FreeRTOS Tips And Tricks

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The following diagram shows a holistic diagram of the architecture for a medium to large firmware application that runs on a microcontroller and uses a RTOS.

\begin{tikzpicture}[node distance = 2cm, scale=1.0] [+preamble] \usepackage[latin1]{inputenc} \usepackage{tikz} \usetikzlibrary{shapes,arrows} [/preamble] \tikzstyle{decision} = [diamond, draw, fill=blue!20, text width=4.5em, text badly centered, node distance=3cm, inner sep=0pt] \tikzstyle{block} = [rectangle, draw, fill=blue!20, text width=5em, text centered, rounded corners, minimum height=4em] \tikzstyle{line} = [draw, -latex'] \tikzstyle{cloud} = [draw, ellipse,fill=red!20, node distance=3cm, minimum height=2em] % Place nodes \node [block] (app) {Application}; \node [block, below of=app] (rtos) {RTOS}; \node [block, below of=rtos] (rtos-adoption) {RTOS Adoption Layer}; \node [block, below of=rtos-adoption] (drivers) {Drivers}; \node [block, below of=drivers] (hardware-abs) {Hardware Abstraction Layer}; \node [block, below of=hardware-abs] (hardware) {Hardware}; % Draw edges \path [line] (app) -- (rtos); \path [line] (rtos) -- (rtos-adoption); \path [line] (rtos-adoption) -- (drivers); \path [line] (drivers) -- (hardware-abs); \path [line] (hardware-abs) -- (hardware); \end{tikzpicture}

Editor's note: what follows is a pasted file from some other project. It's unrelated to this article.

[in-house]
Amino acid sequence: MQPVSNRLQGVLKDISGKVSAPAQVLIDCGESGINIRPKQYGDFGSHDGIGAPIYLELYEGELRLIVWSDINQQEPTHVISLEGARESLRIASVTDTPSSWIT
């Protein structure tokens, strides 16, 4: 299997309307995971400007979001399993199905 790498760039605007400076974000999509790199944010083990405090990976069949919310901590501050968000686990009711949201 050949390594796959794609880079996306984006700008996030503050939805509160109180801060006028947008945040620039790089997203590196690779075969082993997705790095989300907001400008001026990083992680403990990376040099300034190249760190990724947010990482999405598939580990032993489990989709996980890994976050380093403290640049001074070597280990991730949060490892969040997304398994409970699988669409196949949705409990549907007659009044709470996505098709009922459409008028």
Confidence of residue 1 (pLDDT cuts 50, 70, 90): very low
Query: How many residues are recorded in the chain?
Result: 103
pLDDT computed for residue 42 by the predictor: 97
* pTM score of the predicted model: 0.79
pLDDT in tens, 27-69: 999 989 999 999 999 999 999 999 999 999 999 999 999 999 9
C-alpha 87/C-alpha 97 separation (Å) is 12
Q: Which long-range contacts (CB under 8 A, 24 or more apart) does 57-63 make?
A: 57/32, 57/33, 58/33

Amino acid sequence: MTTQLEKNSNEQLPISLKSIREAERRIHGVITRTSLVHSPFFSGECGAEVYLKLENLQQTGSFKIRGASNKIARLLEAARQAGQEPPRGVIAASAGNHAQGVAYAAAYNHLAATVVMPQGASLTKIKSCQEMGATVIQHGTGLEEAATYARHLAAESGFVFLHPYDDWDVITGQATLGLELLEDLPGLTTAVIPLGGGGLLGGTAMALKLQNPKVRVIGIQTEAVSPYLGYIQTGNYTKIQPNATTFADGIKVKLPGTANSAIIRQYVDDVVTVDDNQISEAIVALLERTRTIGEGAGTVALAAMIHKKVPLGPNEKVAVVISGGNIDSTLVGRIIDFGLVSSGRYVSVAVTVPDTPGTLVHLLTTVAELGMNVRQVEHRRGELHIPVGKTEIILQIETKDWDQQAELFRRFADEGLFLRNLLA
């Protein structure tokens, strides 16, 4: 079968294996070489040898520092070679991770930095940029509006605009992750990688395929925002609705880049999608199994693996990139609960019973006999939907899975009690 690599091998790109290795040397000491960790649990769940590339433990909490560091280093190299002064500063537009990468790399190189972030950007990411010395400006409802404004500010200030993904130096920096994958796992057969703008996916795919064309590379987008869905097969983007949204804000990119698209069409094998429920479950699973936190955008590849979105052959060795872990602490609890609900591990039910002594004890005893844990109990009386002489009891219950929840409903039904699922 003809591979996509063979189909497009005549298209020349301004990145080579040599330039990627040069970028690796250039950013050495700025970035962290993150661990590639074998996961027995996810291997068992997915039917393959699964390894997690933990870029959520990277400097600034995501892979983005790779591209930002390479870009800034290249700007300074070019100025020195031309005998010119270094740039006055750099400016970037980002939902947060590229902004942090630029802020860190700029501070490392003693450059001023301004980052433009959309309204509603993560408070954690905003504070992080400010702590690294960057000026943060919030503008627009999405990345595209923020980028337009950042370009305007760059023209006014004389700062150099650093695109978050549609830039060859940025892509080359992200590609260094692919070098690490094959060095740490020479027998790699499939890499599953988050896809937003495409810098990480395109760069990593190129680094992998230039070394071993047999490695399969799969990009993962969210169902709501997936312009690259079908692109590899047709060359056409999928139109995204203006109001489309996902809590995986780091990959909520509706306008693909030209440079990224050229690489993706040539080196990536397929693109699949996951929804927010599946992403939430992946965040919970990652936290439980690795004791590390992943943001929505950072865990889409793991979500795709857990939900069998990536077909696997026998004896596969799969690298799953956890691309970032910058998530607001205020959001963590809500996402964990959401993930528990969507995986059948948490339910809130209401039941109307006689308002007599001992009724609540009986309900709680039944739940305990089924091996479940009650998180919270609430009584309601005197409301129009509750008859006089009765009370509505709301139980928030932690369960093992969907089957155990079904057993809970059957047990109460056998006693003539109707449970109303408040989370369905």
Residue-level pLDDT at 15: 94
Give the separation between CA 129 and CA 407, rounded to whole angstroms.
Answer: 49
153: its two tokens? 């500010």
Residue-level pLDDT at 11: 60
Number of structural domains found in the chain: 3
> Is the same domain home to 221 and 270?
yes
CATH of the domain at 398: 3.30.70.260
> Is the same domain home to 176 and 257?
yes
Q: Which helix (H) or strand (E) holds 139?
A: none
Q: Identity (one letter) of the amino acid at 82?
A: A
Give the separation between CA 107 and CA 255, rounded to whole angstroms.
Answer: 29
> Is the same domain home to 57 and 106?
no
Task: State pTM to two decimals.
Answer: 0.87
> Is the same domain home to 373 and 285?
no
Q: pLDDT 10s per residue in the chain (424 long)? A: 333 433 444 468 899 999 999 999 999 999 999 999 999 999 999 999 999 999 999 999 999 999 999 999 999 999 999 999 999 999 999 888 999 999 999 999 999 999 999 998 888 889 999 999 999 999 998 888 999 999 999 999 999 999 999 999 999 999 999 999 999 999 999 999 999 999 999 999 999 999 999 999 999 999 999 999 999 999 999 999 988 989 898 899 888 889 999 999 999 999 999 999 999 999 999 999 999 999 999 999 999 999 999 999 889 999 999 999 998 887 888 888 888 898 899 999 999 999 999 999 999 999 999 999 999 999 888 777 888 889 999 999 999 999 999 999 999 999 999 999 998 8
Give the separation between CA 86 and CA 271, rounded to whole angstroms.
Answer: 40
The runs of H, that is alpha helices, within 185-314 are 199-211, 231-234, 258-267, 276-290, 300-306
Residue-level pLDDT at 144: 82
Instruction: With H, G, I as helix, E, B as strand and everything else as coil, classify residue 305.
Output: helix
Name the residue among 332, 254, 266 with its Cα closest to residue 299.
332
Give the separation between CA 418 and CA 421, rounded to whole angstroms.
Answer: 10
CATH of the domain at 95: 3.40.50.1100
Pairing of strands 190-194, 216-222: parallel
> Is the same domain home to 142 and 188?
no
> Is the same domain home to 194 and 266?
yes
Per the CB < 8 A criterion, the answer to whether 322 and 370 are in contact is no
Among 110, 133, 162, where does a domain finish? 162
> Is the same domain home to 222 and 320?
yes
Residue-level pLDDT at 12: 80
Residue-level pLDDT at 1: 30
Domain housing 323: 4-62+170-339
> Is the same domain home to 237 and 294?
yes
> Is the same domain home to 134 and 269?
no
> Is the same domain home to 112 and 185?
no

The hardware is the acutal peripherals that a particular microcontroller has, including things like a UART, I2C and ADC.

Building In Task Dsiabling Functionality

It is good to design tasks with the ability to be able to disable that task while allowing the application to continue to run.

The idea behind this is that it allows for better and easier debugging, as well as better modularity/decoupling between tasks. If you think a particular task could be causing problems for your application, you can disable the task, and check to see if the application now works fine.

The method of actually disabling a task is up to you, although a good way is to use preprocessor #if statements and variable-like macros to include/exclude the correct code.

When disabling tasks, you have to be careful of the following things: * Any queues used to communicate between the disabled task and still-running tasks must still exist (and be initialised correctly). * If the disabled task is now not servicing queues, you have to consider what will happen when data backs up in the queue and the queue becomes full (however, good design mandates that you have already considered this!).

This may be hard or nigh impossible for some tasks to be disabled (e.g. a watchdog task, that if not run, would cause the microcontroller to reset).

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